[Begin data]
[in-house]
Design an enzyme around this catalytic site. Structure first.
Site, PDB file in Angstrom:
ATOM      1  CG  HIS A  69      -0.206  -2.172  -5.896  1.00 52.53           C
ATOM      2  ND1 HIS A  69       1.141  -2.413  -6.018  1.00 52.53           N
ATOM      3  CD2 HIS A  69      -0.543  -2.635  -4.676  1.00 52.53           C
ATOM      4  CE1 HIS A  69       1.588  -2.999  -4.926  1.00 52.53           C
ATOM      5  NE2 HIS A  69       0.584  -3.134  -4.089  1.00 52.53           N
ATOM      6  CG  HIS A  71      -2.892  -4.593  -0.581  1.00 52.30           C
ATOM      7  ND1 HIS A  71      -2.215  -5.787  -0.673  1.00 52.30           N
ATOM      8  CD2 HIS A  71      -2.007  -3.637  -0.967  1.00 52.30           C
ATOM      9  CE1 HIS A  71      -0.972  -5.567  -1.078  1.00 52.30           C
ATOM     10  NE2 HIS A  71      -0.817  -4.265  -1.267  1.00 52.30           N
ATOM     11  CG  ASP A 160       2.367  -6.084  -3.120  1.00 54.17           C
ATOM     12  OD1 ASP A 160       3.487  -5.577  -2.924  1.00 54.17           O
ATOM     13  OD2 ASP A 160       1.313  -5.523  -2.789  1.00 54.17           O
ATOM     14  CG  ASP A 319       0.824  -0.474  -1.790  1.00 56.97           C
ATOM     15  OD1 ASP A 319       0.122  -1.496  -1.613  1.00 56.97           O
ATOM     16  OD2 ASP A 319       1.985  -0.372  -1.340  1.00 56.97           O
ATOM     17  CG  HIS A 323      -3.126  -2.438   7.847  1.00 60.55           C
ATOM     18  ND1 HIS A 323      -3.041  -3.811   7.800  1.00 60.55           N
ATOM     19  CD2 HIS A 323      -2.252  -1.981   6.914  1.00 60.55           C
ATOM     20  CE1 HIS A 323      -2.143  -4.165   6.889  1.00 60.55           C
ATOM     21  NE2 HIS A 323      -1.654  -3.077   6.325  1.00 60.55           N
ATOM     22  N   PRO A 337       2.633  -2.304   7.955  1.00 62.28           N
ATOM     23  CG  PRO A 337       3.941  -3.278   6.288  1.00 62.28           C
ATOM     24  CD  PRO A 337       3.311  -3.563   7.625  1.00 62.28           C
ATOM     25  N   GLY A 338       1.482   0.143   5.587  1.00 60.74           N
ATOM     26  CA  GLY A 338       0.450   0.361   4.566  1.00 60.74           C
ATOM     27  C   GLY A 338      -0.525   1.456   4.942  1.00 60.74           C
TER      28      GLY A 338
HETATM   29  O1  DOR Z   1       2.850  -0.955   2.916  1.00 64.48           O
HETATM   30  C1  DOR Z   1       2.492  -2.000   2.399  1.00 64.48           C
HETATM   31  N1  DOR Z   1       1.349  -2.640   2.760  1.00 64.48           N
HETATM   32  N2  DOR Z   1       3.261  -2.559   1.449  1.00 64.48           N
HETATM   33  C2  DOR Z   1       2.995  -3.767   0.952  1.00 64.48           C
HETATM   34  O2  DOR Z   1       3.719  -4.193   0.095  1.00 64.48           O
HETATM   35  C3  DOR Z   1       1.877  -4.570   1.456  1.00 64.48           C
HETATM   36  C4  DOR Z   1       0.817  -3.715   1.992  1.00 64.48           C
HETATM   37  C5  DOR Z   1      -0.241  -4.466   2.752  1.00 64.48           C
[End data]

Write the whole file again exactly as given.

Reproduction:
[in-house]
Design an enzyme around this catalytic site. Structure first.
Site, PDB file in Angstrom:
ATOM      1  CG  HIS A  69      -0.206  -2.172  -5.896  1.00 52.53           C
ATOM      2  ND1 HIS A  69       1.141  -2.413  -6.018  1.00 52.53           N
ATOM      3  CD2 HIS A  69      -0.543  -2.635  -4.676  1.00 52.53           C
ATOM      4  CE1 HIS A  69       1.588  -2.999  -4.926  1.00 52.53           C
ATOM      5  NE2 HIS A  69       0.584  -3.134  -4.089  1.00 52.53           N
ATOM      6  CG  HIS A  71      -2.892  -4.593  -0.581  1.00 52.30           C
ATOM      7  ND1 HIS A  71      -2.215  -5.787  -0.673  1.00 52.30           N
ATOM      8  CD2 HIS A  71      -2.007  -3.637  -0.967  1.00 52.30           C
ATOM      9  CE1 HIS A  71      -0.972  -5.567  -1.078  1.00 52.30           C
ATOM     10  NE2 HIS A  71      -0.817  -4.265  -1.267  1.00 52.30           N
ATOM     11  CG  ASP A 160       2.367  -6.084  -3.120  1.00 54.17           C
ATOM     12  OD1 ASP A 160       3.487  -5.577  -2.924  1.00 54.17           O
ATOM     13  OD2 ASP A 160       1.313  -5.523  -2.789  1.00 54.17           O
ATOM     14  CG  ASP A 319       0.824  -0.474  -1.790  1.00 56.97           C
ATOM     15  OD1 ASP A 319       0.122  -1.496  -1.613  1.00 56.97           O
ATOM     16  OD2 ASP A 319       1.985  -0.372  -1.340  1.00 56.97           O
ATOM     17  CG  HIS A 323      -3.126  -2.438   7.847  1.00 60.55           C
ATOM     18  ND1 HIS A 323      -3.041  -3.811   7.800  1.00 60.55           N
ATOM     19  CD2 HIS A 323      -2.252  -1.981   6.914  1.00 60.55           C
ATOM     20  CE1 HIS A 323      -2.143  -4.165   6.889  1.00 60.55           C
ATOM     21  NE2 HIS A 323      -1.654  -3.077   6.325  1.00 60.55           N
ATOM     22  N   PRO A 337       2.633  -2.304   7.955  1.00 62.28           N
ATOM     23  CG  PRO A 337       3.941  -3.278   6.288  1.00 62.28           C
ATOM     24  CD  PRO A 337       3.311  -3.563   7.625  1.00 62.28           C
ATOM     25  N   GLY A 338       1.482   0.143   5.587  1.00 60.74           N
ATOM     26  CA  GLY A 338       0.450   0.361   4.566  1.00 60.74           C
ATOM     27  C   GLY A 338      -0.525   1.456   4.942  1.00 60.74           C
TER      28      GLY A 338
HETATM   29  O1  DOR Z   1       2.850  -0.955   2.916  1.00 64.48           O
HETATM   30  C1  DOR Z   1       2.492  -2.000   2.399  1.00 64.48           C
HETATM   31  N1  DOR Z   1       1.349  -2.640   2.760  1.00 64.48           N
HETATM   32  N2  DOR Z   1       3.261  -2.559   1.449  1.00 64.48           N
HETATM   33  C2  DOR Z   1       2.995  -3.767   0.952  1.00 64.48           C
HETATM   34  O2  DOR Z   1       3.719  -4.193   0.095  1.00 64.48           O
HETATM   35  C3  DOR Z   1       1.877  -4.570   1.456  1.00 64.48           C
HETATM   36  C4  DOR Z   1       0.817  -3.715   1.992  1.00 64.48           C
HETATM   37  C5  DOR Z   1      -0.241  -4.466   2.752  1.00 64.48           C